After making a similar move in Europe, YouTube announced today it is defaulting video streaming to standard-definition for 30 days to help network operators manage the data load as millions of people work and school from home amid the COVID-19 pandemic.
Last week, YouTube temporarily defaulted all YouTube videos to SD in the European Union, United Kingdom and Switzerland. Netflix, Amazon, Apple and Disney+ have also reduced bit rates in Europe to help reduce the stress on networks in the region. Netflix has also cut back on bit rates in India, but YouTube is the first in this group to extend this temporary policy worldwide.
YouTube noted that the update is rolling out across the globe slowly, and that users still have the option to manually update their video quality.
According to info released last week by bandwidth management tech company Sandvine, overall YouTube has extended its traffic lead on Netflix during the COVID-19 crisis, "and sometimes by as much as twice the volume." YouTube crossed 2 billion monthly users last year.
Also tied to COVID-19 and Google's policy to have its people work from home, YouTube has warned that there will be a temporary increase of video removals and a longer turn-around on reviews and appeals on videos that are taken down due to possible policy violations.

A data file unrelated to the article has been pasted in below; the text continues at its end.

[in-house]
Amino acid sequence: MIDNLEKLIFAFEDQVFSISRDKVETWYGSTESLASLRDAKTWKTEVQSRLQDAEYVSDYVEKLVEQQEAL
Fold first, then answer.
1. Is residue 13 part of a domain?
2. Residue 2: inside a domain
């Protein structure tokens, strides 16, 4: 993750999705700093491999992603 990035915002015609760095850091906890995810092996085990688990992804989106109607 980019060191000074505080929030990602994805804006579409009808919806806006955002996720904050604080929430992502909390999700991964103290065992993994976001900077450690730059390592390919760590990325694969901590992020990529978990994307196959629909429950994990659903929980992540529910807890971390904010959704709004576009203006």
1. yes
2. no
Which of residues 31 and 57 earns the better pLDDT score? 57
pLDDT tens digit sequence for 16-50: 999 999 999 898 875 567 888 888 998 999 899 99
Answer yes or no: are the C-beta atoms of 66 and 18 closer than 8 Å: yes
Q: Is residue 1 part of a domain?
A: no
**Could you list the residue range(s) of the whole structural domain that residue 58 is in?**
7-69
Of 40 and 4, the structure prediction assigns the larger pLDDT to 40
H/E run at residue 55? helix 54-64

YouTube, which estimates that 500 hours of video is uploaded to the service every minute, noted that it is currently more dependent on automated removals and that human-led reviews will take longer because some employees might live in remote areas or don't have the required technical infrastructure to conduct reviews from home.
- Netflix to cut streaming bit rates across Europe for 30 days
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- UK mobile networks hit problems as COVID-19 spreads
- YouTube TV surpasses 2M subscribers
- T-Mobile offers two months of free YouTube Premium
- BBWN Bites: EU calls for HD restraint
— Jeff Baumgartner, Senior Editor, Light Reading